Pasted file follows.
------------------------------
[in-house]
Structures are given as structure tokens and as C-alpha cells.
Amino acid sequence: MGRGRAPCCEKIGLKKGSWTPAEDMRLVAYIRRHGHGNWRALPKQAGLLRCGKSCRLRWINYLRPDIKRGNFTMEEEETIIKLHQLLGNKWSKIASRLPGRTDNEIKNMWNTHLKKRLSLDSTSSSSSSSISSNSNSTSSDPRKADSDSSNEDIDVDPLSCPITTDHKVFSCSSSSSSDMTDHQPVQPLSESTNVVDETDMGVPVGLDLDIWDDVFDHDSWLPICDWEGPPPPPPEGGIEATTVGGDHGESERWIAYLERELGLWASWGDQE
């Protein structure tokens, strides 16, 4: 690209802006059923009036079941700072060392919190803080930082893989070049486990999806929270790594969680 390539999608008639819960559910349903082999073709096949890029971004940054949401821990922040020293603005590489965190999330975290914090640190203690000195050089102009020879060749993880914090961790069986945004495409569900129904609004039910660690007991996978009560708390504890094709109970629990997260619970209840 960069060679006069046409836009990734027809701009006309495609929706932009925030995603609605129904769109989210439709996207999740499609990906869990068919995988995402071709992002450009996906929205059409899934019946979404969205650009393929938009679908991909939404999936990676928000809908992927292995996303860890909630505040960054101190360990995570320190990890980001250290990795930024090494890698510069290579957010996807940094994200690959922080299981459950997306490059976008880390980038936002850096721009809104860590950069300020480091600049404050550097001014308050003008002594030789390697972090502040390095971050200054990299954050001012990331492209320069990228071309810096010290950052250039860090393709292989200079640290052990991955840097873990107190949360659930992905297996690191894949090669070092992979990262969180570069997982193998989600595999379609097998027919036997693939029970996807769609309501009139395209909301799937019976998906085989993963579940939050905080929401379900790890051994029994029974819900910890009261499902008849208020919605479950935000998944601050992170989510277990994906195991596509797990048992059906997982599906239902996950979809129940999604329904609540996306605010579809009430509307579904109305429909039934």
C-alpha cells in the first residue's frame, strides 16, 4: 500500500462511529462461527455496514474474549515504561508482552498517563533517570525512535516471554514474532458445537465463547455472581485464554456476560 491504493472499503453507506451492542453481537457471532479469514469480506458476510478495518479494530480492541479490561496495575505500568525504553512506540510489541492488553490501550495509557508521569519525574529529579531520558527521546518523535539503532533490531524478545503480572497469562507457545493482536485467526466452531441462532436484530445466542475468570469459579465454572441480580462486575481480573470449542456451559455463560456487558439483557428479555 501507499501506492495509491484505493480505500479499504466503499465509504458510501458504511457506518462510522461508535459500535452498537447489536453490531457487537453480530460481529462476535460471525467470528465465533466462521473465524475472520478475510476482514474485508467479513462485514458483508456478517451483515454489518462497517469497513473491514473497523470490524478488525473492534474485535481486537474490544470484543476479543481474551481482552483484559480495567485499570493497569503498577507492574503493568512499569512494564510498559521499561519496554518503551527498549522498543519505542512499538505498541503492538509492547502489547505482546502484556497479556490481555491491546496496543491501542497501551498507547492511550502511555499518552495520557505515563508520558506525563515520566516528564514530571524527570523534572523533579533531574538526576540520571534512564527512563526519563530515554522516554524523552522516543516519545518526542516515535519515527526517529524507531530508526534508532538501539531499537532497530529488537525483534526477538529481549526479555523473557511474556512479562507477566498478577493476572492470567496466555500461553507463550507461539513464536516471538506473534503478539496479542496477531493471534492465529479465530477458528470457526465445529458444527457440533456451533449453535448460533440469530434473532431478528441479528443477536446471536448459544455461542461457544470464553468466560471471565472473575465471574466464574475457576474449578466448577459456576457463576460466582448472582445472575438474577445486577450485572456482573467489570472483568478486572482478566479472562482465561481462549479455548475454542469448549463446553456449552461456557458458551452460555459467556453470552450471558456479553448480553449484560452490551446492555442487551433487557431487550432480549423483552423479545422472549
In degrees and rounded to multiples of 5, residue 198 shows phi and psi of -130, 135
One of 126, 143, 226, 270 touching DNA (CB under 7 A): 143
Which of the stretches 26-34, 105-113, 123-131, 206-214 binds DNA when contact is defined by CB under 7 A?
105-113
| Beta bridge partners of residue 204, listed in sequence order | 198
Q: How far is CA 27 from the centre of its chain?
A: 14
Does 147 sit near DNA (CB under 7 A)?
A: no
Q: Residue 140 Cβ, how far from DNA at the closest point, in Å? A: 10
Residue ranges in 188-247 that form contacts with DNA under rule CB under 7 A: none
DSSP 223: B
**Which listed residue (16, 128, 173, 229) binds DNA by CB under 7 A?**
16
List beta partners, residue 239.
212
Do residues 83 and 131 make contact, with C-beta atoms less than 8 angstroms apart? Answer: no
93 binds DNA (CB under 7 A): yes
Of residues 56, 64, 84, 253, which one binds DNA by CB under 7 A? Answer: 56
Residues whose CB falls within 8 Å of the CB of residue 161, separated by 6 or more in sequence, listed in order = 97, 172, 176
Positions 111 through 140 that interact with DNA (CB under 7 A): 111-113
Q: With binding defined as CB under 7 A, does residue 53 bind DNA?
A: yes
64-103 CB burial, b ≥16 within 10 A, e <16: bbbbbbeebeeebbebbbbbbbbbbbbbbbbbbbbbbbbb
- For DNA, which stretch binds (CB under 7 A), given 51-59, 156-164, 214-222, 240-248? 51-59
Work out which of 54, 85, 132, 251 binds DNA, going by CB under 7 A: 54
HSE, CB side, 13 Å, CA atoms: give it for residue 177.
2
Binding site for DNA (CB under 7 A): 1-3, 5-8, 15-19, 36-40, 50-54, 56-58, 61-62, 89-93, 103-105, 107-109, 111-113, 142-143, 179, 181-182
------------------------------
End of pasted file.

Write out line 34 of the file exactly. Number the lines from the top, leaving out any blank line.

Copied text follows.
Binding site for DNA (CB under 7 A): 1-3, 5-8, 15-19, 36-40, 50-54, 56-58, 61-62, 89-93, 103-105, 107-109, 111-113, 142-143, 179, 181-182